Butch Trucks, Allman Brothers Band co-founder, dies at 69

Butch Trucks, whose longtime drumming as co-founder of the Allman Brothers Band offered steady rhythm to such classics as “Rambin’ Man,” “Melissa” and “Whipping Post,” has died. 

The drummer, who was 69, died on Tuesday night in West Palm Beach, Fla., according to a statement from his representative. The official cause of death has not been disclosed.  

“The Trucks and Allman Brothers Band families request all of Butch's friends and fans to please respect our privacy at this time of sadness for our loss,” read the statement, in part. “Butch will play on in our hearts forever.”

A spokesman for the West Palm Beach police department told The Times that an investigation is under way and that the cause of death will be determined by the Palm Beach County Medical Examiner’s office.

The Miami Herald has reported that Trucks died of a self-inflicted gunshot wound to his head and witnessed by his wife, Melinda Trucks, based on the transcript of a 911 call the news organization said it obtained. The policeman spokesman said he could not confirm that report.

As part of the dueling-drummer Southern rock rebels, Trucks’ work connected rock, old-school R&B, boogie-woogie and improvised jazz at a moment when the dominance of free-form FM radio afforded DJs the latitude to play extended, jam-heavy rock songs. The result propelled legions of stoned hippies — and straight-up players — to groove and dance.

Last year, Rolling Stone magazine named Trucks one of the 100 greatest drummers of all time, along with fellow Allman Brothers Band founder Jai Johanny "Jaimoe" Johanson. The two played drums side by side throughout the band’s nearly 50-year history.

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Formed in 1969 and steered by Duane and Gregg Allman, the group helped define the Southern rock sound.

Trucks inclusion in the band, however, almost didn’t happen. Born Claude Hudson Trucks in Jacksonville, Fla., by his teens Trucks was playing drums in area rock ‘n’ roll bands including the Vikings and the 31st of February.

He met the Allmans on the club circuit, and they started jamming together.  

Though a talented drummer, Trucks admitted to being tentative behind the kit as he was starting out. “I was riddled with self-doubt about my playing. Although I was very good drummer, I lacked that confidence,” he told the website Swampland in an undated interview.

That changed one day in the late 1960s during a rehearsal in which Trucks recalled feeling particularly self-conscious. “Duane whipped around, locked eyes with me and played a screaming riff with a ‘Come on, you s.o.b.’ look,” Trucks said. 

Trucks said his first reaction was to back off even more, but that after a few more glares he instead got angry “and started hitting my drums like they were Duane’s head. Needless to say the jam just took off with all of the energy I was pouring into it.”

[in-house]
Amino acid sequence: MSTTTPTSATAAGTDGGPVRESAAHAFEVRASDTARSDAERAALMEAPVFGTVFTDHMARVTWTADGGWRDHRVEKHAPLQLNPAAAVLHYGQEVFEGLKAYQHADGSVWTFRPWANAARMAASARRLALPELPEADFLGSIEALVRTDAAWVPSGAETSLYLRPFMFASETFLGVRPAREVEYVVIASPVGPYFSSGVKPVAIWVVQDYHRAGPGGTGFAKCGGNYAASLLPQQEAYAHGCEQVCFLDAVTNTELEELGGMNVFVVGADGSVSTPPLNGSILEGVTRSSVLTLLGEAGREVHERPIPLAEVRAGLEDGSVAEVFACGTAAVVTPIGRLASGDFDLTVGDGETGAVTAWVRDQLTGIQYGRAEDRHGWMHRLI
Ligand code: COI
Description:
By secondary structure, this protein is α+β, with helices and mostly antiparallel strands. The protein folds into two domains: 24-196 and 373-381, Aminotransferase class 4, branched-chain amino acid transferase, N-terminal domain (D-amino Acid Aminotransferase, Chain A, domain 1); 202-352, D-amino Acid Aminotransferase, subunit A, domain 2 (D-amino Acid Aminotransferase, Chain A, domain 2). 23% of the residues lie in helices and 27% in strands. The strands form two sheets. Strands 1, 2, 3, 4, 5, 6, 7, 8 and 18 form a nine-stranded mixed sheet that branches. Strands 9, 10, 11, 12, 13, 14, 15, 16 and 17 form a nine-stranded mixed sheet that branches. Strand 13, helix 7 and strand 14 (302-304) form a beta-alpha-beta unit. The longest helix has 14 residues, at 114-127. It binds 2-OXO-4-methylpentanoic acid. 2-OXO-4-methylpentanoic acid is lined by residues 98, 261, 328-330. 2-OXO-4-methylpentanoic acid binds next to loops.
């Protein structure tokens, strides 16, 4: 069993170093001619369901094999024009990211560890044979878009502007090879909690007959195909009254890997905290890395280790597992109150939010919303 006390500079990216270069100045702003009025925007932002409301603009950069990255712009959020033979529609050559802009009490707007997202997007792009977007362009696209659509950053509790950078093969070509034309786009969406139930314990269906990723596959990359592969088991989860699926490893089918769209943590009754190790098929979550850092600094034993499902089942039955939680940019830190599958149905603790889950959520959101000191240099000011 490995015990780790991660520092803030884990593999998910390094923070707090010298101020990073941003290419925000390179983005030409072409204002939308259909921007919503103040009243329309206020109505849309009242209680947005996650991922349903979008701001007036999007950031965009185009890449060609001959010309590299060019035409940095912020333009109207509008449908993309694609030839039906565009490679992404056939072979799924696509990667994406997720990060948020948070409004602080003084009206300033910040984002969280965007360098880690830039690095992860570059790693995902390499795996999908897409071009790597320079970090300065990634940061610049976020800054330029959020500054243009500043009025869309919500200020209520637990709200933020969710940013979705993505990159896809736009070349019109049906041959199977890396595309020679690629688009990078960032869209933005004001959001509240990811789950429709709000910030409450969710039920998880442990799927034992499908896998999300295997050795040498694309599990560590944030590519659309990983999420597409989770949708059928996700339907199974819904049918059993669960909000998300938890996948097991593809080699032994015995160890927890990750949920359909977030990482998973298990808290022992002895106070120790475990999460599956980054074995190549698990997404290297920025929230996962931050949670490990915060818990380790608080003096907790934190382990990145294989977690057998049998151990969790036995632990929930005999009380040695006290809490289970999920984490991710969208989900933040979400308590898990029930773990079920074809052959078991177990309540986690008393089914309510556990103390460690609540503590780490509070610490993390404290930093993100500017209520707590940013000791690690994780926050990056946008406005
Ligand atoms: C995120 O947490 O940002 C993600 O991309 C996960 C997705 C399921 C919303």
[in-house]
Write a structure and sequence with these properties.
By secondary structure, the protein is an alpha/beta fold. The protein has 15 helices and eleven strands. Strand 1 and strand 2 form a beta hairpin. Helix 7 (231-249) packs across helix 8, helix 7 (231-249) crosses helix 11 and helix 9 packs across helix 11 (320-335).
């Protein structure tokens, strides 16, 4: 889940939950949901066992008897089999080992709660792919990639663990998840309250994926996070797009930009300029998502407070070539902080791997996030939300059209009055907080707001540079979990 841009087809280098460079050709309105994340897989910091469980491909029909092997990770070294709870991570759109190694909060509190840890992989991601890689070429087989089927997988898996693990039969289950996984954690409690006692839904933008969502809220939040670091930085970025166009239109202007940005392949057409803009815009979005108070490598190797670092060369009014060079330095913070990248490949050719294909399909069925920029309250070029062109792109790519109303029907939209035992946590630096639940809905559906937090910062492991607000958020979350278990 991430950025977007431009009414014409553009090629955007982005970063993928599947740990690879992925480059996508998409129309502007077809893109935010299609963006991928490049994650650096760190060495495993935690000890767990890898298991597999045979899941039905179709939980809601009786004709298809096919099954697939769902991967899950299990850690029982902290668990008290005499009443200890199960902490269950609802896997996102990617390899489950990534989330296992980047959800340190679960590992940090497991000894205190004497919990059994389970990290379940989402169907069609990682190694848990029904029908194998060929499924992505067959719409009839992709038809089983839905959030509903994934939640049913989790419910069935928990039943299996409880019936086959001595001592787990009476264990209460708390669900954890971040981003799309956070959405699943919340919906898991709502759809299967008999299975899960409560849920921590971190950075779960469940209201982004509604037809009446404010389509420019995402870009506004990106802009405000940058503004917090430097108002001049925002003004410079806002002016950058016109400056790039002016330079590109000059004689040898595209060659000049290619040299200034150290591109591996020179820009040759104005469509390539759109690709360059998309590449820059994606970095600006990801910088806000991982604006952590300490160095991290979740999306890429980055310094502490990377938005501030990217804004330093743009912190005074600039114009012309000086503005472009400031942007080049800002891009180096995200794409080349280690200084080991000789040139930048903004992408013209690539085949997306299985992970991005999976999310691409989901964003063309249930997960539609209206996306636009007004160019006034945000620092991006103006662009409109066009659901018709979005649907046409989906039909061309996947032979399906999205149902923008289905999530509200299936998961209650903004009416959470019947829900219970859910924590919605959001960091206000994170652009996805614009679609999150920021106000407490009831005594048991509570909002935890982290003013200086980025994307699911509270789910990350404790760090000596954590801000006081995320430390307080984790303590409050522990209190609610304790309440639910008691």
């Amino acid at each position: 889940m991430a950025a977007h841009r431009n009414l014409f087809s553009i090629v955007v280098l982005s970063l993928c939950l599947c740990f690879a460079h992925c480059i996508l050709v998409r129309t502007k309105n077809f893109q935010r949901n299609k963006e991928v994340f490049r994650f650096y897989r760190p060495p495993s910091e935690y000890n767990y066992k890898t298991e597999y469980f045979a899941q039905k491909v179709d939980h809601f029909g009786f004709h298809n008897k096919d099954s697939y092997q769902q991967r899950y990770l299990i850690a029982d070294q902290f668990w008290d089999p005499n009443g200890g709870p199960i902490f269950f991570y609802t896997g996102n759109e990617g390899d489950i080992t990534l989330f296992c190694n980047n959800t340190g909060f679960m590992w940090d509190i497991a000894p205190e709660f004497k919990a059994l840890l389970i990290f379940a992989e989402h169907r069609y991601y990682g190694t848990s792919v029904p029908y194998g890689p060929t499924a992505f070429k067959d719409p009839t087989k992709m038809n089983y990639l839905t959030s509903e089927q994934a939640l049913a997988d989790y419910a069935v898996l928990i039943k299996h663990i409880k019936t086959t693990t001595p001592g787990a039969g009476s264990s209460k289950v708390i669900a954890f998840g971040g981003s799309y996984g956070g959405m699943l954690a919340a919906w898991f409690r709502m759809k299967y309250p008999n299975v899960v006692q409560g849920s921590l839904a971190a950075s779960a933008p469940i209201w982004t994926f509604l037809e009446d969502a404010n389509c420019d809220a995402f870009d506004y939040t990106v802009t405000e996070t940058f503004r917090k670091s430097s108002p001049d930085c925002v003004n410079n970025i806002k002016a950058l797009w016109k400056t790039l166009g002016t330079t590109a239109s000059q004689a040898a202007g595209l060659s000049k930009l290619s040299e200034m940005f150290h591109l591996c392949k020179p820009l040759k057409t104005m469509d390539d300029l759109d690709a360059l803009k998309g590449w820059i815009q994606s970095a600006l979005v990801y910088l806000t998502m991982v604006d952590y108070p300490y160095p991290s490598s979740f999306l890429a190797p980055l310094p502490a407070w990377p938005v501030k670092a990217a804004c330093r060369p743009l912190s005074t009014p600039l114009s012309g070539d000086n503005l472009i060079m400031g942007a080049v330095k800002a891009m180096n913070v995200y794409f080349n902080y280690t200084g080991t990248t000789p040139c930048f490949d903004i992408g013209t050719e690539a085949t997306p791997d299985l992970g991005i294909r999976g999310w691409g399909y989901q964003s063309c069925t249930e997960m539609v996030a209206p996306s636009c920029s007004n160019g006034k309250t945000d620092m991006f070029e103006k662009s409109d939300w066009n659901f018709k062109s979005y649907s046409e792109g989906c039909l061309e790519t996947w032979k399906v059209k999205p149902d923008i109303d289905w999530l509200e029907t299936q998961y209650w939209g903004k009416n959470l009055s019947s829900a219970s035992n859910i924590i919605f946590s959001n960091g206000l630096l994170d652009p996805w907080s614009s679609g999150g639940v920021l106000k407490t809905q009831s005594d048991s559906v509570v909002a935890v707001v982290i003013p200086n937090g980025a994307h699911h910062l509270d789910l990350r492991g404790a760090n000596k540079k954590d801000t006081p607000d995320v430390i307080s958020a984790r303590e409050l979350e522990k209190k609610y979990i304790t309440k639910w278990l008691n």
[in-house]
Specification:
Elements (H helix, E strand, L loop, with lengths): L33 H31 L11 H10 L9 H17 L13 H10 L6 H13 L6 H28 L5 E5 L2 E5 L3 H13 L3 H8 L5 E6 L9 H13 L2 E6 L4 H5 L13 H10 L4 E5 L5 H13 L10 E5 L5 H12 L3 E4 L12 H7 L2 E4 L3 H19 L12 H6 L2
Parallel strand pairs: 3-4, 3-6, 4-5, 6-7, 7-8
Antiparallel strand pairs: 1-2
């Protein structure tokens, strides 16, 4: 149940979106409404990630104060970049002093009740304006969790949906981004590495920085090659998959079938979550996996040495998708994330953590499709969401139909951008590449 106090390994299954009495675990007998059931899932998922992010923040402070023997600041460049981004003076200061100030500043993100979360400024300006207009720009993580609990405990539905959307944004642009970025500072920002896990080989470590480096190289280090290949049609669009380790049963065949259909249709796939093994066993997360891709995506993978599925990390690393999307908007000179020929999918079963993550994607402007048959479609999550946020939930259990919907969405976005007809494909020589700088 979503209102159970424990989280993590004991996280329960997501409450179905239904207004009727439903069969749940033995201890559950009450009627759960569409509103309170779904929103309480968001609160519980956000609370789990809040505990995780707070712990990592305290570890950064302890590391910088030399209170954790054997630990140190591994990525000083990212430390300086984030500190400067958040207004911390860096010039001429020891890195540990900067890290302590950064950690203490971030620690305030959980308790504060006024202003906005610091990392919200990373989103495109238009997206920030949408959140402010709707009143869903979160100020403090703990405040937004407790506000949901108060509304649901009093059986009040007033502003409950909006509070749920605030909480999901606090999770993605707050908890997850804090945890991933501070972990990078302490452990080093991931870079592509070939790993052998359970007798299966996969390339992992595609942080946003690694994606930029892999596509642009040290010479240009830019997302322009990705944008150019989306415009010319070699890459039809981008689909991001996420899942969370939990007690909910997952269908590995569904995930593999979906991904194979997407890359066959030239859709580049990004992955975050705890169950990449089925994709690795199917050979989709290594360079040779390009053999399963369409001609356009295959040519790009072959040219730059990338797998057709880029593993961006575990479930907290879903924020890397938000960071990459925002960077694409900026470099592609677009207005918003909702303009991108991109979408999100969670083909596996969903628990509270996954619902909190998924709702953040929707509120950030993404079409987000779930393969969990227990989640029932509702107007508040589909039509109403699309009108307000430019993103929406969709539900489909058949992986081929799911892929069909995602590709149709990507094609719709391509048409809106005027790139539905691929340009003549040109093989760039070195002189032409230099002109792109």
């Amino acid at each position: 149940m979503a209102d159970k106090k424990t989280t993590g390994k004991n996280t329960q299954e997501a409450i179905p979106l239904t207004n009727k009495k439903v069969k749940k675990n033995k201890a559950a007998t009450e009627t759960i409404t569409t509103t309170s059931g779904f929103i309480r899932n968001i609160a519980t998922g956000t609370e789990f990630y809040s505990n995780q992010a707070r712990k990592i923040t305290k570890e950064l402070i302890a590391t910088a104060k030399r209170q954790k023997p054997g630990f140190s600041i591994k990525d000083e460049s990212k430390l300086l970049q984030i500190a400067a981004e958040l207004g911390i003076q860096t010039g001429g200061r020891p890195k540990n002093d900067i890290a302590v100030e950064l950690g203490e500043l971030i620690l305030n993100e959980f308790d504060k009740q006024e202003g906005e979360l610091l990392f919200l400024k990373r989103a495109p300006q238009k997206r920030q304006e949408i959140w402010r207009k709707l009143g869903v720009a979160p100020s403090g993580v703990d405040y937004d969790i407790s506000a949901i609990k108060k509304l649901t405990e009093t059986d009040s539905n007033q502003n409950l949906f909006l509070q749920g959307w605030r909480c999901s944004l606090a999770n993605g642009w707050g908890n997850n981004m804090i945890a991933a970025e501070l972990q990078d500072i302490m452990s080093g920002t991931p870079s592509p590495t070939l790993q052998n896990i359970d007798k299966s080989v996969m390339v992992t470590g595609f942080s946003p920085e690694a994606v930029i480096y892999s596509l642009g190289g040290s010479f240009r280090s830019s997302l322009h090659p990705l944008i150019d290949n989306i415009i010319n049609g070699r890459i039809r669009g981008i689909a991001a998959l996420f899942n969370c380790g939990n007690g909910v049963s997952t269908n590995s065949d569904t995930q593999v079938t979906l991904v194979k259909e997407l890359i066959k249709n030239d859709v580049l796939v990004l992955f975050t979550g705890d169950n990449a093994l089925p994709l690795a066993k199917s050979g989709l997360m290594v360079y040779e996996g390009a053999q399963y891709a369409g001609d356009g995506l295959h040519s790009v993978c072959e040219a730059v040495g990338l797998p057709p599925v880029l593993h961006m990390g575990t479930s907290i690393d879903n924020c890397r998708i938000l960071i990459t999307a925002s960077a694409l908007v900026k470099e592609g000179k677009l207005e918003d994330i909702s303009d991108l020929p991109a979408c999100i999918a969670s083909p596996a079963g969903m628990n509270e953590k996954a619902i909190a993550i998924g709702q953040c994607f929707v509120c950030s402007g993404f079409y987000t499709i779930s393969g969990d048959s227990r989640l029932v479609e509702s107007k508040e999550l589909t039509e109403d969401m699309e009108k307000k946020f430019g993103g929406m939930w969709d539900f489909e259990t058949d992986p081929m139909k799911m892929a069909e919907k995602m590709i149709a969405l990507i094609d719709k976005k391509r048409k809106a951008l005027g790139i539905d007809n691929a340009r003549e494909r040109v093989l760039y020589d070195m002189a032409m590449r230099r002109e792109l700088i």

Said Trucks, “I swear it was like he reached inside of me and flicked a switch. It was an epiphany. I have played from that moment to this with all off the power at my disposal. No more nervousness.” 

The Allman Brothers were inducted into the Rock and Roll Hall of Fame in 1995. Since the band’s retirement in 2014, Trucks played with his band Butch Trucks and the Freight Train, which included his son, Vaylor, on lead guitar.

Butch Trucks and the Freight Train Band toured throughout 2016 — including a slot at Sunfest alongside Duran Duran and Alabama Shakes — and in an interview the musician said he felt like “Superman” while performing, even if his age reminded him otherwise.  

“I’m in the upper 60s now and after six or seven days, I was tired,” Trucks told the Daytona Beach News-Journal in 2015 about continuing to perform.

“I’d walk to the theater and there’s three steps up to the drum riser. Well, I’d look at those steps and they’d look like Mount Everest. But I’d crawl up there, get all hooked up and half way through the first song I’m an 18-year-old Superman.”

He added, “Something happens when the music starts, and all that tiredness just goes away. When it’s going like that, I’ll take on any 20-year-old hot-shot drummer who wants to try me. In those hours, I’m just soaring.”

Trucks, whose nephew Derek Trucks is an acclaimed guitarist, is the third founding member of the Allman Bros. to have died. Duane Allman died at age 24 following a motorcycle accident in 1971, and bassist Berry Oakley was killed at the same age in a similar accident a little more than a year later. The two are buried next to each other.

Trucks is survived by his wife, four children and four grandchildren. His family asks that donations and remembrances be made in his name to the Big House Museum in Macon, Ga. 

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UPDATES:

11:50 a.m.: This article was updated with additional details and background.

Jan. 27, 2:53 p.m.: This article was updated with information from the West Palm Beach police department and from the Miami Herald.

This article was originally published at 10:10 a.m.

Copyright © 2017, Los Angeles Times

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